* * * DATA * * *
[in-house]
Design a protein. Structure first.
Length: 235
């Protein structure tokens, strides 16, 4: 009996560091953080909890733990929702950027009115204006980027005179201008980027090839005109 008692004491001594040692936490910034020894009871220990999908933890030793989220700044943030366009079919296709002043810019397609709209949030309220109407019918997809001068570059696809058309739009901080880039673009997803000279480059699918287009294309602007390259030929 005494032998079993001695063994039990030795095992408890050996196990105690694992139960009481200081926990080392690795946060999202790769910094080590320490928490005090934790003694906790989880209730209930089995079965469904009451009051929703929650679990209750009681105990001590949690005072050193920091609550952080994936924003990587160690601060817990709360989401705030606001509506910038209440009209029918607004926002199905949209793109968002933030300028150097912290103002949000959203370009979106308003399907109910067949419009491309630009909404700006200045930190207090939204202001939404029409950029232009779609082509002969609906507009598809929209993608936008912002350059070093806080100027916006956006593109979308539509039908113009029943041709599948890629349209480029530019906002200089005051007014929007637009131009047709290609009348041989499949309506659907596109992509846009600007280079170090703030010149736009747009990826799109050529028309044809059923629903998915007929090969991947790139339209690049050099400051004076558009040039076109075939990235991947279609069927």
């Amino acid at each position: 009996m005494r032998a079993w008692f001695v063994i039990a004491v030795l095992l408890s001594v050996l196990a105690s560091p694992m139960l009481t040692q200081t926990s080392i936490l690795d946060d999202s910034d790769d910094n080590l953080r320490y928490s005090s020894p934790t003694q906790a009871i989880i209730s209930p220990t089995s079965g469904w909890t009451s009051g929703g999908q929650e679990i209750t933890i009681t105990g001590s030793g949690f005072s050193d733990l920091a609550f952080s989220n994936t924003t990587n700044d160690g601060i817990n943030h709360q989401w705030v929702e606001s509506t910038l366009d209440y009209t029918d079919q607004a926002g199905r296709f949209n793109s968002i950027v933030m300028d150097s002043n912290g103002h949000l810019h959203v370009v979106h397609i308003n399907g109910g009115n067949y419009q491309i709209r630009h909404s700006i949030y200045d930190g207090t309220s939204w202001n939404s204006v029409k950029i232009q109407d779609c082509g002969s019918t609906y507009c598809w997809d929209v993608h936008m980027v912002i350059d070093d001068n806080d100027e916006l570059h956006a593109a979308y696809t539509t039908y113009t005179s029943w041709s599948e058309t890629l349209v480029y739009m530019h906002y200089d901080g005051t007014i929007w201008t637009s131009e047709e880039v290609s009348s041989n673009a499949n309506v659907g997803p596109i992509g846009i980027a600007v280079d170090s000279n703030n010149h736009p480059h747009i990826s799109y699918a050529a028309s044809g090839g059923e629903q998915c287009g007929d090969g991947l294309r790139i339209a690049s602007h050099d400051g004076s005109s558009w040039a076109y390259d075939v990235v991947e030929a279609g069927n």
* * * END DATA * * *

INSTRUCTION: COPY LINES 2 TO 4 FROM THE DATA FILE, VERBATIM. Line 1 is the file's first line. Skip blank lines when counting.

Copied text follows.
Design a protein. Structure first.
Length: 235
């Protein structure tokens, strides 16, 4: 009996560091953080909890733990929702950027009115204006980027005179201008980027090839005109 008692004491001594040692936490910034020894009871220990999908933890030793989220700044943030366009079919296709002043810019397609709209949030309220109407019918997809001068570059696809058309739009901080880039673009997803000279480059699918287009294309602007390259030929 005494032998079993001695063994039990030795095992408890050996196990105690694992139960009481200081926990080392690795946060999202790769910094080590320490928490005090934790003694906790989880209730209930089995079965469904009451009051929703929650679990209750009681105990001590949690005072050193920091609550952080994936924003990587160690601060817990709360989401705030606001509506910038209440009209029918607004926002199905949209793109968002933030300028150097912290103002949000959203370009979106308003399907109910067949419009491309630009909404700006200045930190207090939204202001939404029409950029232009779609082509002969609906507009598809929209993608936008912002350059070093806080100027916006956006593109979308539509039908113009029943041709599948890629349209480029530019906002200089005051007014929007637009131009047709290609009348041989499949309506659907596109992509846009600007280079170090703030010149736009747009990826799109050529028309044809059923629903998915007929090969991947790139339209690049050099400051004076558009040039076109075939990235991947279609069927």